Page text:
NEW YORK – Over the winter break, my teenage children observed, based on their friends and acquaintances, that young adults are much less eager to get their driver’s licenses than they once were, and that in general fewer young people have them. I was skeptical at first, but it turns out they’re right. In 1983, 92 percent of Americans aged 20 to 24 had a driver’s license. In 2014, just 77 percent did. Were it not for that decline, 3.5 million more young people would be drivers today.
The change is occurring across young age categories, with sharp drops among teenagers. The share of 17-year-olds with driver’s licenses, for example, was down to 45 percent in 2014, from 55 percent in 2001. And the rates are falling for young men and young women alike.
Total vehicle kilometers driven by young drivers have plummeted, not only because a smaller share of them are driving but also because kilometers per young driver have also declined. In 1990, each driver aged 16 to 19 drove an average of almost 13,700 km per year. In 2009, it was less than10,500. Thanks to this and to safer cars, fatal car accidents involving teenagers are falling sharply, even though they remain the leading source of death in that age category. And fewer drivers also generally means less greenhouse gas emissions.
Why is this happening? One factor is the rise of laws that limit teenage drivers’ ability to drive by themselves — which might make getting a license as soon as you can less appealing. A related possibility is that the changes in the driving laws are causing faulty measurement. Yet these things can’t explain the decline among 20-24-year-olds.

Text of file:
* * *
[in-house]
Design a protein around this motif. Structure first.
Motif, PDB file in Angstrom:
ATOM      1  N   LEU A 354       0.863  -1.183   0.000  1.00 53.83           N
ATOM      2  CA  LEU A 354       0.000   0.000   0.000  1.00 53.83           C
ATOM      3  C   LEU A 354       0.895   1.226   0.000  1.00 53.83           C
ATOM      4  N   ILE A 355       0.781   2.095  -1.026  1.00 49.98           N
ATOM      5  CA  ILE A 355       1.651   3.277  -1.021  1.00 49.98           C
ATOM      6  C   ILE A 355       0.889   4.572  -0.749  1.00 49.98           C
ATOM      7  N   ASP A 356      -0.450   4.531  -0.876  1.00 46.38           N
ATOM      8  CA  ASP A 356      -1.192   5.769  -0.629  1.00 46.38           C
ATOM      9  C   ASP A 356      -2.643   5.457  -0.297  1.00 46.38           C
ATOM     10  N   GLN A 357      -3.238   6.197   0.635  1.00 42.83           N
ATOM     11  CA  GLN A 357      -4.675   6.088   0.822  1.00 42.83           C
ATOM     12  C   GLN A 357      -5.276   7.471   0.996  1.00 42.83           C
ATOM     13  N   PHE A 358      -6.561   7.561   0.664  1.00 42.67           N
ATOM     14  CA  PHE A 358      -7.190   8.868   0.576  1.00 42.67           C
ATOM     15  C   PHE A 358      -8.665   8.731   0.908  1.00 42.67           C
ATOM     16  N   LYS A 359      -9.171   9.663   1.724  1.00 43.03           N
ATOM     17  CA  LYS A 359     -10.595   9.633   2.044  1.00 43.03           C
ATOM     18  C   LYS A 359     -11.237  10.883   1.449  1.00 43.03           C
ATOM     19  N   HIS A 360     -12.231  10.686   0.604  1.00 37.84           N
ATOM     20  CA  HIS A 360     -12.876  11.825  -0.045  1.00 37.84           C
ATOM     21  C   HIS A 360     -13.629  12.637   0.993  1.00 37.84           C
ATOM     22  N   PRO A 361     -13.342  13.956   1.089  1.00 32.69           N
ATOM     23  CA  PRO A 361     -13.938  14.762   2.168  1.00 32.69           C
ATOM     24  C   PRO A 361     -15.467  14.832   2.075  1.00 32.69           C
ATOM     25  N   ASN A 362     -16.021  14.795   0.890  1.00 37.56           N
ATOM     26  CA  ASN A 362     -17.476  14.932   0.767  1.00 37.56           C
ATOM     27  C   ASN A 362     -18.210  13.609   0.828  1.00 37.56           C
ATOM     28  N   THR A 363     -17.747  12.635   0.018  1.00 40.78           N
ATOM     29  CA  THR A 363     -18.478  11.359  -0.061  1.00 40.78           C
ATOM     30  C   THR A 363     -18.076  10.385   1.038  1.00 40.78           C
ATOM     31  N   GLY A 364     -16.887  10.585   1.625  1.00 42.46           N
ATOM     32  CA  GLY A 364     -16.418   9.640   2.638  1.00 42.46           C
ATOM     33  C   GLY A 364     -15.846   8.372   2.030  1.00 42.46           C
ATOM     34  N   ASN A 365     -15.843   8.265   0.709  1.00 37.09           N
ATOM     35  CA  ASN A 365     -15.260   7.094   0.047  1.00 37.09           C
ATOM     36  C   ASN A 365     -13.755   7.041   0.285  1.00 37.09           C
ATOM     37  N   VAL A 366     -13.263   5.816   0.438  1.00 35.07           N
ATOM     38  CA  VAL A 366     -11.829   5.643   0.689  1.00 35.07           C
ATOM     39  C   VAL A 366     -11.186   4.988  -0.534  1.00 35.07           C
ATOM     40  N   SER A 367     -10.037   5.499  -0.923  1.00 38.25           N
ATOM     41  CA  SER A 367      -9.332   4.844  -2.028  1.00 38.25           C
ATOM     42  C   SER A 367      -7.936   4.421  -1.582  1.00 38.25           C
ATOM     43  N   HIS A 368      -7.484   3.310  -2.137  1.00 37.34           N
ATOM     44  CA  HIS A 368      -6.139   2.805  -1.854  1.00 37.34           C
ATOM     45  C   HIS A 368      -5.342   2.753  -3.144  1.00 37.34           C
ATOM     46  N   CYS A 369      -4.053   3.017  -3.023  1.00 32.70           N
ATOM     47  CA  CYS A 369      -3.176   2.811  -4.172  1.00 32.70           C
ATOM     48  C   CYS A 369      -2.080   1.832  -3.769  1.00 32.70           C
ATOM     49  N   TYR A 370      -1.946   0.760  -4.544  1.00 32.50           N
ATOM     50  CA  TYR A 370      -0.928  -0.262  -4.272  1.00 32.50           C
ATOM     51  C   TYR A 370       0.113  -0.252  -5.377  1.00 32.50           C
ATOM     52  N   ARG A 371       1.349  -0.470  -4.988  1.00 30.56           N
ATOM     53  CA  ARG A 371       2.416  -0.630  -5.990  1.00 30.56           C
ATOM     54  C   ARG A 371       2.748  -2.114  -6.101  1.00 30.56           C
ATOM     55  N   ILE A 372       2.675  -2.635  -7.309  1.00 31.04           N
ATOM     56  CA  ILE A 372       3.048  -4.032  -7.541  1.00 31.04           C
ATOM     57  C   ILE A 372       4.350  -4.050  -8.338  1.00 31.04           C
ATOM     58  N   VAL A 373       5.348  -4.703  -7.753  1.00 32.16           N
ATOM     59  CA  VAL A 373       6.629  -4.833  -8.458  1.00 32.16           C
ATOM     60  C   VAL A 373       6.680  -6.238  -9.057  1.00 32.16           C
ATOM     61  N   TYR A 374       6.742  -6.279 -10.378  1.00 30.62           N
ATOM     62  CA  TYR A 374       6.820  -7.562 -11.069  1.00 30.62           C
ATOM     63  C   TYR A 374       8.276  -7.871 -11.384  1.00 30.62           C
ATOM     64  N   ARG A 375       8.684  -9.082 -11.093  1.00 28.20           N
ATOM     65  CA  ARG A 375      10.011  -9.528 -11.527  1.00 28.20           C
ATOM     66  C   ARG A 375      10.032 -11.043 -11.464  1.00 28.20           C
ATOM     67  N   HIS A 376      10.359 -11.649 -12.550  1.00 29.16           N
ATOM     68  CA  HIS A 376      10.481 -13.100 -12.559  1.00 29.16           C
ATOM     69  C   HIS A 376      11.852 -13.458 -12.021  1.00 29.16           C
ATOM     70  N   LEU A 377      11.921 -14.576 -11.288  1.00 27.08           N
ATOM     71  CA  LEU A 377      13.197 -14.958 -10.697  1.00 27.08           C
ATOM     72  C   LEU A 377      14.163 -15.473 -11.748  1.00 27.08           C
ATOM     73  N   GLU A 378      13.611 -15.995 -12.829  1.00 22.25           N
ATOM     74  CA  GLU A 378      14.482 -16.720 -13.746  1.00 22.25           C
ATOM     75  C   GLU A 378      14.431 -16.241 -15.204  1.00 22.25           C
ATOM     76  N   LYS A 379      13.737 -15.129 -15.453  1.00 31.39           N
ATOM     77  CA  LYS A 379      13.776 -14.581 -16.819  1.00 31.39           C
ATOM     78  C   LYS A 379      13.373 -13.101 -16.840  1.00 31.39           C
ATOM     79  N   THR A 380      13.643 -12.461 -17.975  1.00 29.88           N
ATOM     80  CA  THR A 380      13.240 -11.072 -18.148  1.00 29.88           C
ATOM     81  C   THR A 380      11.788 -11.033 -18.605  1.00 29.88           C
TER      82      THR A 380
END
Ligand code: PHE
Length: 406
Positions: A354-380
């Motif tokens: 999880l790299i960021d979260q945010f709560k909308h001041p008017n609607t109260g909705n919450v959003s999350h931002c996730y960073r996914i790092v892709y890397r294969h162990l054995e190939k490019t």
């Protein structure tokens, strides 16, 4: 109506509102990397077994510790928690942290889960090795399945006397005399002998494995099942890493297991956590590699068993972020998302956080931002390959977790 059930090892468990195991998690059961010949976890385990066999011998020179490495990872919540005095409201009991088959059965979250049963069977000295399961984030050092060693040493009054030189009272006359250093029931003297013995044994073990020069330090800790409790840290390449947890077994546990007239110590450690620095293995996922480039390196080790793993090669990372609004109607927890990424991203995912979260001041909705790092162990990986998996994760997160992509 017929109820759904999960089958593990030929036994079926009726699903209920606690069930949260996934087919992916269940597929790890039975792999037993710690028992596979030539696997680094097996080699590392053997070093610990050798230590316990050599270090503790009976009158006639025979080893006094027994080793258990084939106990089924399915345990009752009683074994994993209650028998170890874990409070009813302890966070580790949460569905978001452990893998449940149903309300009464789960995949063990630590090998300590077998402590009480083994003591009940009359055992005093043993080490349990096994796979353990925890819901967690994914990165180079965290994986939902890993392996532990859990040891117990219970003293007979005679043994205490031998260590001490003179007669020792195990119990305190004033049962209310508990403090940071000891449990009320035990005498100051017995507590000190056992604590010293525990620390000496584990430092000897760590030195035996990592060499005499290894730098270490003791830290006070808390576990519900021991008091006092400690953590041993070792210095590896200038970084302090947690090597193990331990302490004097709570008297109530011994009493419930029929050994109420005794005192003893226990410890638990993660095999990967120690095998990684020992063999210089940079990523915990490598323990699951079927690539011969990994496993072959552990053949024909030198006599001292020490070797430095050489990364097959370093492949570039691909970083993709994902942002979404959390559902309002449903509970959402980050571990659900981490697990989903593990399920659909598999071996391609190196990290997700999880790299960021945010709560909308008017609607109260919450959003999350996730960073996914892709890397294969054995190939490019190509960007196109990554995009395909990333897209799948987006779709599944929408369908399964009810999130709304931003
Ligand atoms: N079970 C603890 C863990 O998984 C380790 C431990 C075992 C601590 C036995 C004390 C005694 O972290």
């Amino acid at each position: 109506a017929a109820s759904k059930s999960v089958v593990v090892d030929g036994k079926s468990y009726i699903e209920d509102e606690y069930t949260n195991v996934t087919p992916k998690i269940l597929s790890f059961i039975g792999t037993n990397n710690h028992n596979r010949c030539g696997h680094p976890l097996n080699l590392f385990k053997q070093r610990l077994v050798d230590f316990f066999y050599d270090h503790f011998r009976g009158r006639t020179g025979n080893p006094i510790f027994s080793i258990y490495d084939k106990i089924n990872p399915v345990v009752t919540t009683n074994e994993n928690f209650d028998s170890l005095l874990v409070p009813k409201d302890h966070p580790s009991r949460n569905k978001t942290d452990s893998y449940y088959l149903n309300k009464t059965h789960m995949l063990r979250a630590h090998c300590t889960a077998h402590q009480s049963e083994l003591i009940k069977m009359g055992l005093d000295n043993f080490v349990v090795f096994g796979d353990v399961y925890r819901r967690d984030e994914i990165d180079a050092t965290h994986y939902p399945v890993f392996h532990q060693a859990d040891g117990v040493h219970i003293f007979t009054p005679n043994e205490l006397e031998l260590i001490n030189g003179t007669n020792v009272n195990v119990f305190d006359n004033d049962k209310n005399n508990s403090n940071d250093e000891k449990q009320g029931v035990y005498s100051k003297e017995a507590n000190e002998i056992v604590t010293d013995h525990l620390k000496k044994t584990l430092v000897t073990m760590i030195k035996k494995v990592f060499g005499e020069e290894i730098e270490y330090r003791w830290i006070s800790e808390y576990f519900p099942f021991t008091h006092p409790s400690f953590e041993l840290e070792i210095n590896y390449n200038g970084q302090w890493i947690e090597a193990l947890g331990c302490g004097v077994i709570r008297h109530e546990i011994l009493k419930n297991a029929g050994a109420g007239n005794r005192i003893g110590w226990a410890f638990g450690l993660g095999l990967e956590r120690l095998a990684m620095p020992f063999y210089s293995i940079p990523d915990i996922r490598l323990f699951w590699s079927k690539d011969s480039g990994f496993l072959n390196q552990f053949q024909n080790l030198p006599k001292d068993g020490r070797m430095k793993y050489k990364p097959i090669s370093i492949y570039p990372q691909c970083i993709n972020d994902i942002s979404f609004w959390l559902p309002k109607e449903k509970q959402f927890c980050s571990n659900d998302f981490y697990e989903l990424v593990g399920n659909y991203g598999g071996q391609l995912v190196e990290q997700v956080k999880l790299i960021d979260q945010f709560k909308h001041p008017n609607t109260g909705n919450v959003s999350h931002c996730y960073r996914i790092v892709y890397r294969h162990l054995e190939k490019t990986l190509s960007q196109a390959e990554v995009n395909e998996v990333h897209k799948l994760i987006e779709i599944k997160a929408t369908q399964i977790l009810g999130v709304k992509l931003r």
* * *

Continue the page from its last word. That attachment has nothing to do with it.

So we are left with three explanations. One, favored by researchers at the University of Michigan, is the rise of social media. If you can connect with friends over Snapchat and Instagram, “there’s less of a need to get together by driving to popular hangouts or by cruising.” The second is economic. Teenagers asked why they don’t have a license often cite the expense; parents are often concerned about the additional cost to insurance. A final possibility is ongoing urbanization; as Americans increasingly live in cities, it’s easier to get by without a driver’s license.
Whatever the causes, the change since my generation came of age is stark. For many young people today, there’s a new rite of passage that’s bigger than learning to drive: getting your first phone number.
Peter R. Orszag is a Bloomberg View columnist.
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